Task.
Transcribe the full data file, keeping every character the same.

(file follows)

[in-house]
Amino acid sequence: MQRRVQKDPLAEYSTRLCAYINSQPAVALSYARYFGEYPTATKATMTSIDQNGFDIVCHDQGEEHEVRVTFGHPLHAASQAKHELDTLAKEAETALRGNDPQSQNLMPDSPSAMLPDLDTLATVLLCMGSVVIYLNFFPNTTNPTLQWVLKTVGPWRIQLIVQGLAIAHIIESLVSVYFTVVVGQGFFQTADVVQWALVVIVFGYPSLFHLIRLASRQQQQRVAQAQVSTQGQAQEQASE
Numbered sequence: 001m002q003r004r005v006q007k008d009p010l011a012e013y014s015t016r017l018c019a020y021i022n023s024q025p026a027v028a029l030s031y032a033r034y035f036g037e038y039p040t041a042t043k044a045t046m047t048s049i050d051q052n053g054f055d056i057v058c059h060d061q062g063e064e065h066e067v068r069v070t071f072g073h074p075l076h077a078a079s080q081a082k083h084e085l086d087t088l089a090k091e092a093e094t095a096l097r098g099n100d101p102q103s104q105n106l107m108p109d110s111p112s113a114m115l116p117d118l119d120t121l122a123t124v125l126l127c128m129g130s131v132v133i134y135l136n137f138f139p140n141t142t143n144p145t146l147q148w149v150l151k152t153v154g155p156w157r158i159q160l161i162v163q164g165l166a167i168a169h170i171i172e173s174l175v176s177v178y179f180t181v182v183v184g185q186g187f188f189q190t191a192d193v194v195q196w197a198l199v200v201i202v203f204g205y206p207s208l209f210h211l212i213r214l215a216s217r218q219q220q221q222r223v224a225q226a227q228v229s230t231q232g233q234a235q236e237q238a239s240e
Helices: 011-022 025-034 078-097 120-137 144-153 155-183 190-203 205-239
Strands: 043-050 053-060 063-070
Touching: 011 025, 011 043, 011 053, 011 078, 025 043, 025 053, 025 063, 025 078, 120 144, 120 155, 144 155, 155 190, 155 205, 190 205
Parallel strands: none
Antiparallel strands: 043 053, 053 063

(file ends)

[in-house]
Amino acid sequence: MQRRVQKDPLAEYSTRLCAYINSQPAVALSYARYFGEYPTATKATMTSIDQNGFDIVCHDQGEEHEVRVTFGHPLHAASQAKHELDTLAKEAETALRGNDPQSQNLMPDSPSAMLPDLDTLATVLLCMGSVVIYLNFFPNTTNPTLQWVLKTVGPWRIQLIVQGLAIAHIIESLVSVYFTVVVGQGFFQTADVVQWALVVIVFGYPSLFHLIRLASRQQQQRVAQAQVSTQGQAQEQASE
Numbered sequence: 001m002q003r004r005v006q007k008d009p010l011a012e013y014s015t016r017l018c019a020y021i022n023s024q025p026a027v028a029l030s031y032a033r034y035f036g037e038y039p040t041a042t043k044a045t046m047t048s049i050d051q052n053g054f055d056i057v058c059h060d061q062g063e064e065h066e067v068r069v070t071f072g073h074p075l076h077a078a079s080q081a082k083h084e085l086d087t088l089a090k091e092a093e094t095a096l097r098g099n100d101p102q103s104q105n106l107m108p109d110s111p112s113a114m115l116p117d118l119d120t121l122a123t124v125l126l127c128m129g130s131v132v133i134y135l136n137f138f139p140n141t142t143n144p145t146l147q148w149v150l151k152t153v154g155p156w157r158i159q160l161i162v163q164g165l166a167i168a169h170i171i172e173s174l175v176s177v178y179f180t181v182v183v184g185q186g187f188f189q190t191a192d193v194v195q196w197a198l199v200v201i202v203f204g205y206p207s208l209f210h211l212i213r214l215a216s217r218q219q220q221q222r223v224a225q226a227q228v229s230t231q232g233q234a235q236e237q238a239s240e
Helices: 011-022 025-034 078-097 120-137 144-153 155-183 190-203 205-239
Strands: 043-050 053-060 063-070
Touching: 011 025, 011 043, 011 053, 011 078, 025 043, 025 053, 025 063, 025 078, 120 144, 120 155, 144 155, 155 190, 155 205, 190 205
Parallel strands: none
Antiparallel strands: 043 053, 053 063